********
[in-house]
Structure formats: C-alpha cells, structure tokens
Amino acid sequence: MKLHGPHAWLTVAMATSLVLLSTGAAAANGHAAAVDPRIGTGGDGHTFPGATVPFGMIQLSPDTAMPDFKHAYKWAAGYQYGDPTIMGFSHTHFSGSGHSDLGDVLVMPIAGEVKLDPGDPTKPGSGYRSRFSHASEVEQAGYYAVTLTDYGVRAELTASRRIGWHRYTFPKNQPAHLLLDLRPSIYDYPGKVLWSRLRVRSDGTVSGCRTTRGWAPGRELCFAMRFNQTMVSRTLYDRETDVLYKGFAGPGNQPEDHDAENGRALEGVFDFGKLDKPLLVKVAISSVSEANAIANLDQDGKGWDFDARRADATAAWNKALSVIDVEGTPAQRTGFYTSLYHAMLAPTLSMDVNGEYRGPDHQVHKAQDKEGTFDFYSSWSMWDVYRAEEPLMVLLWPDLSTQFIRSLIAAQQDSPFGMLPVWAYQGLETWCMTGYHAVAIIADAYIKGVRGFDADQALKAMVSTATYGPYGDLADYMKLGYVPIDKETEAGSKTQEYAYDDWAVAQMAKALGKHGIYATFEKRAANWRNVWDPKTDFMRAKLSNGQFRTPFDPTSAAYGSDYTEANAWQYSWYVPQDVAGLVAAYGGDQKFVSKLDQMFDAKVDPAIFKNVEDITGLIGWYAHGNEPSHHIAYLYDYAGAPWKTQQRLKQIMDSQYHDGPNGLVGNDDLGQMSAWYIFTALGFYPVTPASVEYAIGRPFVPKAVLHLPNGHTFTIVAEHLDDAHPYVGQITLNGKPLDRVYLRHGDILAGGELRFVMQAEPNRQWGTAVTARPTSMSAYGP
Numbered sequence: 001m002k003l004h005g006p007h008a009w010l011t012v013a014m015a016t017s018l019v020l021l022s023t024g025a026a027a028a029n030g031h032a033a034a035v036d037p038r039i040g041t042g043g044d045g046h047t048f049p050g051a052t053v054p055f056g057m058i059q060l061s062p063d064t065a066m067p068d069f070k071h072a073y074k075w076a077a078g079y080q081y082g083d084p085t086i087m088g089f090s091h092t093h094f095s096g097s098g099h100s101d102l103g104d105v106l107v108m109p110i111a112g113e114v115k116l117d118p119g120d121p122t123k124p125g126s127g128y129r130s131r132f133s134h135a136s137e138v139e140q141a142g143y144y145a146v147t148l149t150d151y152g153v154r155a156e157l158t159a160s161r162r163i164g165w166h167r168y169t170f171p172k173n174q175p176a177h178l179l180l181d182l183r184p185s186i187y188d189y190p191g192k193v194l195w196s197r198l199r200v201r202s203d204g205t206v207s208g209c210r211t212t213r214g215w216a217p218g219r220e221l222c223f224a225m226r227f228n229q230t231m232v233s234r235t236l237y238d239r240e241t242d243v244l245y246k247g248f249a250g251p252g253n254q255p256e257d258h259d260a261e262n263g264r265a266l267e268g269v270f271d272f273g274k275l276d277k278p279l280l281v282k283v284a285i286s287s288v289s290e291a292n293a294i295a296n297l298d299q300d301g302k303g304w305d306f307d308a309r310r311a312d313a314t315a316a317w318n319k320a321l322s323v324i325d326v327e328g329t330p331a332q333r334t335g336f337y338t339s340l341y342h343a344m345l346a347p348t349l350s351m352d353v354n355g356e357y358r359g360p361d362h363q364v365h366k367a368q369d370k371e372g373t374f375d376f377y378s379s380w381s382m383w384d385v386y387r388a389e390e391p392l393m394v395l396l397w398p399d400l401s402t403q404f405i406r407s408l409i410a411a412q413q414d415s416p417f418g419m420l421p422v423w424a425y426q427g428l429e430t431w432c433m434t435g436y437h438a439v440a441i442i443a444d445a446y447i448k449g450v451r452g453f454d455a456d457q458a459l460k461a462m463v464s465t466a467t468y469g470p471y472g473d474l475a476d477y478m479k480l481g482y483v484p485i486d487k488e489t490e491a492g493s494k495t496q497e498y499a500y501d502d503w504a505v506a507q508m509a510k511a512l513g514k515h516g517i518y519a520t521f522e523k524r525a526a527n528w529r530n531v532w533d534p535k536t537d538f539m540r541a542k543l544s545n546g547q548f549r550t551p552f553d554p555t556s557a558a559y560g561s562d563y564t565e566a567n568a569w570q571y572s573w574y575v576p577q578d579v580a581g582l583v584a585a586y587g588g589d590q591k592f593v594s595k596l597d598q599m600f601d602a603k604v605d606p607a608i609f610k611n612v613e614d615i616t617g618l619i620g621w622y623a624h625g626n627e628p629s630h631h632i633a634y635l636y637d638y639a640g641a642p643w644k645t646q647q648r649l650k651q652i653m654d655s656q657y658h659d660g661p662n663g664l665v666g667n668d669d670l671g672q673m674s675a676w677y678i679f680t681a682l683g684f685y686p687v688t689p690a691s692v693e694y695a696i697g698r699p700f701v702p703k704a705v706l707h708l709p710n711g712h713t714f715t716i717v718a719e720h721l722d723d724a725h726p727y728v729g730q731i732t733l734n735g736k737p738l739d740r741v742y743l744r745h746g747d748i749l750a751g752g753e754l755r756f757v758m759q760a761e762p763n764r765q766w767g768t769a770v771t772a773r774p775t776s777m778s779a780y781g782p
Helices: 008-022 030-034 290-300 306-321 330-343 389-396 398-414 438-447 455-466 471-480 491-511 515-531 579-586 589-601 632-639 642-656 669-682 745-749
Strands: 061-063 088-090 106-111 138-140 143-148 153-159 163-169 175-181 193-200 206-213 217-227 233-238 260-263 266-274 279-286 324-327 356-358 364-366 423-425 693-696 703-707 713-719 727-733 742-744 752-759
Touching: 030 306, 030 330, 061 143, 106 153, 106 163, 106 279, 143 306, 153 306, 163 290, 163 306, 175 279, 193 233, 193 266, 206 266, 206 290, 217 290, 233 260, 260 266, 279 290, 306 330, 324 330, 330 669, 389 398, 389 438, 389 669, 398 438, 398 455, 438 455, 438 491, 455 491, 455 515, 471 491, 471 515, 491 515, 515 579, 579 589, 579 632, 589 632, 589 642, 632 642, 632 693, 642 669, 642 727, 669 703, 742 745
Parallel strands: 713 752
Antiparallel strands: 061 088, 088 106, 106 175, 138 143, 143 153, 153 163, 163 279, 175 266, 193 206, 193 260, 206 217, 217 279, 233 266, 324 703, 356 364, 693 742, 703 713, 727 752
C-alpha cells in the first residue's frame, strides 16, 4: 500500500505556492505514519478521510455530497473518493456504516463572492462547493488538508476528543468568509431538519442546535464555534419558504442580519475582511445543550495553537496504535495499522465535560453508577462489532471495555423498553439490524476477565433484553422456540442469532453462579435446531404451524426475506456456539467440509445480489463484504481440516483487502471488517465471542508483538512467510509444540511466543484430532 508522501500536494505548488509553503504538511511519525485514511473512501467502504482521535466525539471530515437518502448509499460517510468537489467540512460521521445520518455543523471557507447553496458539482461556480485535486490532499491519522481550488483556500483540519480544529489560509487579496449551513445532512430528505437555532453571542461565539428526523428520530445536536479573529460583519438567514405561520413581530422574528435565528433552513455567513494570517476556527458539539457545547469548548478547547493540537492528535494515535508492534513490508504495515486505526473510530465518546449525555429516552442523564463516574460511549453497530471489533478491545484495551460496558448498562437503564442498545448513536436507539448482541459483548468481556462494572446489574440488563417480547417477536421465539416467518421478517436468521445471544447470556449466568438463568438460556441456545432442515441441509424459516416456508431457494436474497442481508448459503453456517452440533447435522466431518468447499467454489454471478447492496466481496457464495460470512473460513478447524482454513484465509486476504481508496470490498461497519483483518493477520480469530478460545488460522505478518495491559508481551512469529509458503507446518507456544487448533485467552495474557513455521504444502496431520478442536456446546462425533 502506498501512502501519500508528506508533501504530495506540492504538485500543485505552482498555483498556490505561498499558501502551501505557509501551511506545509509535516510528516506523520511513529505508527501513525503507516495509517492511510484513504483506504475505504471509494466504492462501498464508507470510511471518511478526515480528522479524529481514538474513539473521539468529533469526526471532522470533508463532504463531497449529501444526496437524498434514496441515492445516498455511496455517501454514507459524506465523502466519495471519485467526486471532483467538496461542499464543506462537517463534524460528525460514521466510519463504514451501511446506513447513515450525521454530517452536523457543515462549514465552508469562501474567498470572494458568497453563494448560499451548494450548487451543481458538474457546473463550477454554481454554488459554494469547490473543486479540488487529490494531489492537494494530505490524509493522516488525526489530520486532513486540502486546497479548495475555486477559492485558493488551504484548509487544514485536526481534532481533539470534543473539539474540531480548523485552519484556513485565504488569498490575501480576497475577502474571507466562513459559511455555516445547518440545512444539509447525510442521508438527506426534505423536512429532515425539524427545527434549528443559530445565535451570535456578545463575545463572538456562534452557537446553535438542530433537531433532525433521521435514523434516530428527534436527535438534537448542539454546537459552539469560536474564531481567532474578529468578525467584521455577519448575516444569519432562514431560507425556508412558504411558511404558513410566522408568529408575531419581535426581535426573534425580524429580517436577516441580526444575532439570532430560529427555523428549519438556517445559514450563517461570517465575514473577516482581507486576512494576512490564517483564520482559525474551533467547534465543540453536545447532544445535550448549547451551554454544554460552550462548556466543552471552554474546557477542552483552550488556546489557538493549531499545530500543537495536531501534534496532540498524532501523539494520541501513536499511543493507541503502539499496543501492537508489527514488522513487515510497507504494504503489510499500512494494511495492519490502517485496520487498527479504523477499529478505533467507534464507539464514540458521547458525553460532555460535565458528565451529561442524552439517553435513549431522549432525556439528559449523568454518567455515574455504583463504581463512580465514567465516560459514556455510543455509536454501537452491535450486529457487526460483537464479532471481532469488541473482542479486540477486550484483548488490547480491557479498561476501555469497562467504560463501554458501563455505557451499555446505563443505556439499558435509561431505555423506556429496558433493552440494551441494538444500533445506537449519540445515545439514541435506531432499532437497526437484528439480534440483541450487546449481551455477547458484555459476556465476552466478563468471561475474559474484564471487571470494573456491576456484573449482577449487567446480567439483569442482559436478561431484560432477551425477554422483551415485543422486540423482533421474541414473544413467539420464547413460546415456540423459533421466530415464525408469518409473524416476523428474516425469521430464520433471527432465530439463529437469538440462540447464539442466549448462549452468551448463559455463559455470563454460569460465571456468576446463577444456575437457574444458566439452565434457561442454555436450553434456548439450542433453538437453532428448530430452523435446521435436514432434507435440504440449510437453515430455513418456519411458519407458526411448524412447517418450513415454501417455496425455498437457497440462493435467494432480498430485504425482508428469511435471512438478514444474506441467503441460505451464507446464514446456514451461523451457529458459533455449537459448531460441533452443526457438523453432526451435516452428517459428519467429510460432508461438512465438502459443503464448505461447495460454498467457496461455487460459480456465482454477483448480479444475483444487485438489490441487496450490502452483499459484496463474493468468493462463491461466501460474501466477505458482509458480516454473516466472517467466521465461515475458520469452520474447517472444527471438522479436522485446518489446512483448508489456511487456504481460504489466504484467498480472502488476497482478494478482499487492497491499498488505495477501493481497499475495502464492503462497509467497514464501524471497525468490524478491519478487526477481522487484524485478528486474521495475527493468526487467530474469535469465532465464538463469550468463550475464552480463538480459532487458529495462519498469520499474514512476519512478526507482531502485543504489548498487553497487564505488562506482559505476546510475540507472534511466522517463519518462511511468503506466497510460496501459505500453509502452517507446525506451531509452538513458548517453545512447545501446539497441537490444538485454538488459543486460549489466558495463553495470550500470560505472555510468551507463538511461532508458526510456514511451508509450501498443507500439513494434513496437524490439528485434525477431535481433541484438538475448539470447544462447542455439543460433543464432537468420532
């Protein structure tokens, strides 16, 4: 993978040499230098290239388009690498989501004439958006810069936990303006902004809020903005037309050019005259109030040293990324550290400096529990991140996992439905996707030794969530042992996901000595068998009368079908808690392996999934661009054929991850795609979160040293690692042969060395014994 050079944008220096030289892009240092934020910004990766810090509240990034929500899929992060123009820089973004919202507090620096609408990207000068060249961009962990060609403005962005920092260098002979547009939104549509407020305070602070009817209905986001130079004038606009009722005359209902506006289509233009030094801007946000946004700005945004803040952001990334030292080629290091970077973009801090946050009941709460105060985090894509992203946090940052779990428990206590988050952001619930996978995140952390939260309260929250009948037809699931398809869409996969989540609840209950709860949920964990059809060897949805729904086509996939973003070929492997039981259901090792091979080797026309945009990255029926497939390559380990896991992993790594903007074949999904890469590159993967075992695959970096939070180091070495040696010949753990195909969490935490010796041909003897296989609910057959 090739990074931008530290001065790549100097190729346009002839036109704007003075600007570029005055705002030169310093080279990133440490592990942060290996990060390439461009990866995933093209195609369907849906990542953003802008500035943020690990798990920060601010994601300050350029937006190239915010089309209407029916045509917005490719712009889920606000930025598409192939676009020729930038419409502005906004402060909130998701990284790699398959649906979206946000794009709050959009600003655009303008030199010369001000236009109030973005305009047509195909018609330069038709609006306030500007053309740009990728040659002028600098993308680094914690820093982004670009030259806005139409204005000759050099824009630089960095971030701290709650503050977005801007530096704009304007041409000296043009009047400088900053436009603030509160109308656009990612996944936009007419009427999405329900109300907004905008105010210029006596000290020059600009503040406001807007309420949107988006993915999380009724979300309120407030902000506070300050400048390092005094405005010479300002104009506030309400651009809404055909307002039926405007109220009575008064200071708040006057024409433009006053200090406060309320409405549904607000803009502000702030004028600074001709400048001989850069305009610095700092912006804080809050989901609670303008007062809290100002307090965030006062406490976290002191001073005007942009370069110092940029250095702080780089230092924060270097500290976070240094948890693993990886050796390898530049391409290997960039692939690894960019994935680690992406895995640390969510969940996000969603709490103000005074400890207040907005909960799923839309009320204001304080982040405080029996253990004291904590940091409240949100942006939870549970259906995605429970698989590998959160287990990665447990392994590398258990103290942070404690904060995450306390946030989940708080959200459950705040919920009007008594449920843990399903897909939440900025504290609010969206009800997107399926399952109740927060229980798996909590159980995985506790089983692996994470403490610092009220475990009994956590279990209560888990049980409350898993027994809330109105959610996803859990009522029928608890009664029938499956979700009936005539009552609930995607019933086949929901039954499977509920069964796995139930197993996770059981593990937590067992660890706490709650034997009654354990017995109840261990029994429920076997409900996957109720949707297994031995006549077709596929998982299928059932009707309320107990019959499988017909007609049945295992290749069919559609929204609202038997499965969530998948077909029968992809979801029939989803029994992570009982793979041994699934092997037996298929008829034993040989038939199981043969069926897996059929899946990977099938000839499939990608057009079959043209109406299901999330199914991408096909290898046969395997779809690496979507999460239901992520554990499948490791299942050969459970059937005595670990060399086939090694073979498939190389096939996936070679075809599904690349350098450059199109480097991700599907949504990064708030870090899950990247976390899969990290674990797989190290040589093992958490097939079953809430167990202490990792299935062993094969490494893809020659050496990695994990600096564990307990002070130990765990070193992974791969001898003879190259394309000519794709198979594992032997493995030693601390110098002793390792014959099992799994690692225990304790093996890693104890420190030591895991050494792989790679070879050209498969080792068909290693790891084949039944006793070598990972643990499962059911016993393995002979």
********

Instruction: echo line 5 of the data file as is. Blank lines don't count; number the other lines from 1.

Helices: 008-022 030-034 290-300 306-321 330-343 389-396 398-414 438-447 455-466 471-480 491-511 515-531 579-586 589-601 632-639 642-656 669-682 745-749